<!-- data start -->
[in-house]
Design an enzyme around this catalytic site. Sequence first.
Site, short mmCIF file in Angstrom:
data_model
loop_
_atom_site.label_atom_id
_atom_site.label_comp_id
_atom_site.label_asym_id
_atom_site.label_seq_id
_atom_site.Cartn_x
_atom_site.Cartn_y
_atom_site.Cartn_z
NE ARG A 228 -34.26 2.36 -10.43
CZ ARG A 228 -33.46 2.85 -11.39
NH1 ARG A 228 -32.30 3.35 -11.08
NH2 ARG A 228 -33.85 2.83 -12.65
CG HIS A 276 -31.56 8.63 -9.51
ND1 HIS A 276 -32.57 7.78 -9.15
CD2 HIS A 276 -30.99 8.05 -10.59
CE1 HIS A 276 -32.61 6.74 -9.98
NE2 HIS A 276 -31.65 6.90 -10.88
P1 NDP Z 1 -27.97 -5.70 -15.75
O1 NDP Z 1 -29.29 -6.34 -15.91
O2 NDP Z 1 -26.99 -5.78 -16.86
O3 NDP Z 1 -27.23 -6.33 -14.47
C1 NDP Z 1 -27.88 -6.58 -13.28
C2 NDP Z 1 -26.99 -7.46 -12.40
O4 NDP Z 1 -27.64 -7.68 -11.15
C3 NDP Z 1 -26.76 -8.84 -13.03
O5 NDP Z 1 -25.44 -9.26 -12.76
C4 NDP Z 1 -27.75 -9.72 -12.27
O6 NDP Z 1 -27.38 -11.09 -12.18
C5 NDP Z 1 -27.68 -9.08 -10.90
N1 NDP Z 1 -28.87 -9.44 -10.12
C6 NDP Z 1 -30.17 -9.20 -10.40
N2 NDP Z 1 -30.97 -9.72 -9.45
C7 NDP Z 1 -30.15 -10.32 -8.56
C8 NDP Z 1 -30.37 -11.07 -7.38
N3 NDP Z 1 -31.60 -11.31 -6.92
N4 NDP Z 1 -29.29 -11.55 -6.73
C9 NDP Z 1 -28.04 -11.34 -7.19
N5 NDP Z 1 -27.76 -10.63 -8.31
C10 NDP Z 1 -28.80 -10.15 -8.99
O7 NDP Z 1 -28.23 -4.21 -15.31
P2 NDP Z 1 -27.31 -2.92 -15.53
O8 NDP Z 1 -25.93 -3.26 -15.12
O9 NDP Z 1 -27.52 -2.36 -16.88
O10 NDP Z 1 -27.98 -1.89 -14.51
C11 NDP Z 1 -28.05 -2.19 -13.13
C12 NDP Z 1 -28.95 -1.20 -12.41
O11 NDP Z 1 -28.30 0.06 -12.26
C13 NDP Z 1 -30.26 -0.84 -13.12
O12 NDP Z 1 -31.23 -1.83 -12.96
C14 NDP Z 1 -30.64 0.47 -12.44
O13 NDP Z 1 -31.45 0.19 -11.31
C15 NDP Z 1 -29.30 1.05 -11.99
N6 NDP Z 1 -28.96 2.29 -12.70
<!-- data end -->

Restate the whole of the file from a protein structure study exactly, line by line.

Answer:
[in-house]
Design an enzyme around this catalytic site. Sequence first.
Site, short mmCIF file in Angstrom:
data_model
loop_
_atom_site.label_atom_id
_atom_site.label_comp_id
_atom_site.label_asym_id
_atom_site.label_seq_id
_atom_site.Cartn_x
_atom_site.Cartn_y
_atom_site.Cartn_z
NE ARG A 228 -34.26 2.36 -10.43
CZ ARG A 228 -33.46 2.85 -11.39
NH1 ARG A 228 -32.30 3.35 -11.08
NH2 ARG A 228 -33.85 2.83 -12.65
CG HIS A 276 -31.56 8.63 -9.51
ND1 HIS A 276 -32.57 7.78 -9.15
CD2 HIS A 276 -30.99 8.05 -10.59
CE1 HIS A 276 -32.61 6.74 -9.98
NE2 HIS A 276 -31.65 6.90 -10.88
P1 NDP Z 1 -27.97 -5.70 -15.75
O1 NDP Z 1 -29.29 -6.34 -15.91
O2 NDP Z 1 -26.99 -5.78 -16.86
O3 NDP Z 1 -27.23 -6.33 -14.47
C1 NDP Z 1 -27.88 -6.58 -13.28
C2 NDP Z 1 -26.99 -7.46 -12.40
O4 NDP Z 1 -27.64 -7.68 -11.15
C3 NDP Z 1 -26.76 -8.84 -13.03
O5 NDP Z 1 -25.44 -9.26 -12.76
C4 NDP Z 1 -27.75 -9.72 -12.27
O6 NDP Z 1 -27.38 -11.09 -12.18
C5 NDP Z 1 -27.68 -9.08 -10.90
N1 NDP Z 1 -28.87 -9.44 -10.12
C6 NDP Z 1 -30.17 -9.20 -10.40
N2 NDP Z 1 -30.97 -9.72 -9.45
C7 NDP Z 1 -30.15 -10.32 -8.56
C8 NDP Z 1 -30.37 -11.07 -7.38
N3 NDP Z 1 -31.60 -11.31 -6.92
N4 NDP Z 1 -29.29 -11.55 -6.73
C9 NDP Z 1 -28.04 -11.34 -7.19
N5 NDP Z 1 -27.76 -10.63 -8.31
C10 NDP Z 1 -28.80 -10.15 -8.99
O7 NDP Z 1 -28.23 -4.21 -15.31
P2 NDP Z 1 -27.31 -2.92 -15.53
O8 NDP Z 1 -25.93 -3.26 -15.12
O9 NDP Z 1 -27.52 -2.36 -16.88
O10 NDP Z 1 -27.98 -1.89 -14.51
C11 NDP Z 1 -28.05 -2.19 -13.13
C12 NDP Z 1 -28.95 -1.20 -12.41
O11 NDP Z 1 -28.30 0.06 -12.26
C13 NDP Z 1 -30.26 -0.84 -13.12
O12 NDP Z 1 -31.23 -1.83 -12.96
C14 NDP Z 1 -30.64 0.47 -12.44
O13 NDP Z 1 -31.45 0.19 -11.31
C15 NDP Z 1 -29.30 1.05 -11.99
N6 NDP Z 1 -28.96 2.29 -12.70